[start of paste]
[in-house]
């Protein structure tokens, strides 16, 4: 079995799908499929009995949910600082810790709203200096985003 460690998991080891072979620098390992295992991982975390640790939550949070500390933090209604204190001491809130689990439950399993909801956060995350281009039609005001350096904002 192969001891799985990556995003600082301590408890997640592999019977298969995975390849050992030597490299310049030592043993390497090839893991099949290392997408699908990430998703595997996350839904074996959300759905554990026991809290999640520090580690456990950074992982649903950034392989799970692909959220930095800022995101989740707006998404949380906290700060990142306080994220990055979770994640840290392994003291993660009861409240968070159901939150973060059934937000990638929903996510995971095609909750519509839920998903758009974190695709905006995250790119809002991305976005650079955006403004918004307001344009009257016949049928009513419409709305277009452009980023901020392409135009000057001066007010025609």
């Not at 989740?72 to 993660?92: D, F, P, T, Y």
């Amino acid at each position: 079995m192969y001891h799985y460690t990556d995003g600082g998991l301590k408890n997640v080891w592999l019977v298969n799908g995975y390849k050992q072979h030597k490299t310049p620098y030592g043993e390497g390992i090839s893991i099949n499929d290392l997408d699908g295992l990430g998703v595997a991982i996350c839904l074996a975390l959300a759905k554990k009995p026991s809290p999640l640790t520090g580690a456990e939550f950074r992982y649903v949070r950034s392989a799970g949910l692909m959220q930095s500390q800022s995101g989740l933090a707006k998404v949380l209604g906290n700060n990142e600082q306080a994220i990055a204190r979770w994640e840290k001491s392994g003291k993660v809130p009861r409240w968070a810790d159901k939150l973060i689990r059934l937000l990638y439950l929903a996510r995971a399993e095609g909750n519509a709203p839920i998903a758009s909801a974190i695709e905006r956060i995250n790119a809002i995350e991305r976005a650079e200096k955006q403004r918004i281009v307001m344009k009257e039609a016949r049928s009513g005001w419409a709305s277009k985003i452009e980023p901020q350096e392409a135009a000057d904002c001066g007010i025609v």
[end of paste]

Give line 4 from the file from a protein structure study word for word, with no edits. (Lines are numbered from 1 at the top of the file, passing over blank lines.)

């Amino acid at each position: 079995m192969y001891h799985y460690t990556d995003g600082g998991l301590k408890n997640v080891w592999l019977v298969n799908g995975y390849k050992q072979h030597k490299t310049p620098y030592g043993e390497g390992i090839s893991i099949n499929d290392l997408d699908g295992l990430g998703v595997a991982i996350c839904l074996a975390l959300a759905k554990k009995p026991s809290p999640l640790t520090g580690a456990e939550f950074r992982y649903v949070r950034s392989a799970g949910l692909m959220q930095s500390q800022s995101g989740l933090a707006k998404v949380l209604g906290n700060n990142e600082q306080a994220i990055a204190r979770w994640e840290k001491s392994g003291k993660v809130p009861r409240w968070a810790d159901k939150l973060i689990r059934l937000l990638y439950l929903a996510r995971a399993e095609g909750n519509a709203p839920i998903a758009s909801a974190i695709e905006r956060i995250n790119a809002i995350e991305r976005a650079e200096k955006q403004r918004i281009v307001m344009k009257e039609a016949r049928s009513g005001w419409a709305s277009k985003i452009e980023p901020q350096e392409a135009a000057d904002c001066g007010i025609v």